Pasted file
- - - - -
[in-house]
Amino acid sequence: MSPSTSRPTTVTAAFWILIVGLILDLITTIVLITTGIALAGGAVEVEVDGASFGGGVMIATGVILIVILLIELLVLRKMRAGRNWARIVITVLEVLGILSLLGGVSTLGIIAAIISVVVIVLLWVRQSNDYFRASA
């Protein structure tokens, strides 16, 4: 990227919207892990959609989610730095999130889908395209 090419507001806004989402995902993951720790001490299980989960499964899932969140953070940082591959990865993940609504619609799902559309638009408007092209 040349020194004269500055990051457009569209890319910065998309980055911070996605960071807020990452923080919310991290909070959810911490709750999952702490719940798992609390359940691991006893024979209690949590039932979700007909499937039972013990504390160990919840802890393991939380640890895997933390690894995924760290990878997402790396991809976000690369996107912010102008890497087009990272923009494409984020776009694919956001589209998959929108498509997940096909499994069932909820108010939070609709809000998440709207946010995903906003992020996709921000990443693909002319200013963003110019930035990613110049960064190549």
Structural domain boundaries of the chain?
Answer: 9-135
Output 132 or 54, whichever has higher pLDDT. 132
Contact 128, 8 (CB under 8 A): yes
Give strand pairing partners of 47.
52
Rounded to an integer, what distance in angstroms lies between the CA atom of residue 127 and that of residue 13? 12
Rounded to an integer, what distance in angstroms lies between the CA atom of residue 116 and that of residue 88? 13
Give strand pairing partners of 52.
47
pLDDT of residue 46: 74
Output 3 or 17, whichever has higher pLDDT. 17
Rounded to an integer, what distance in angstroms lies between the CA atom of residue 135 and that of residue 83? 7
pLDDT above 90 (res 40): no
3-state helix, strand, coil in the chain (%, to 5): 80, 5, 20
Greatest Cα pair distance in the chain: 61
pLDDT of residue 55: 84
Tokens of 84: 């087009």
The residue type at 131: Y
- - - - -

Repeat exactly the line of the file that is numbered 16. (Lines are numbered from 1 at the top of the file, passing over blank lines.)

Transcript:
Rounded to an integer, what distance in angstroms lies between the CA atom of residue 135 and that of residue 83? 7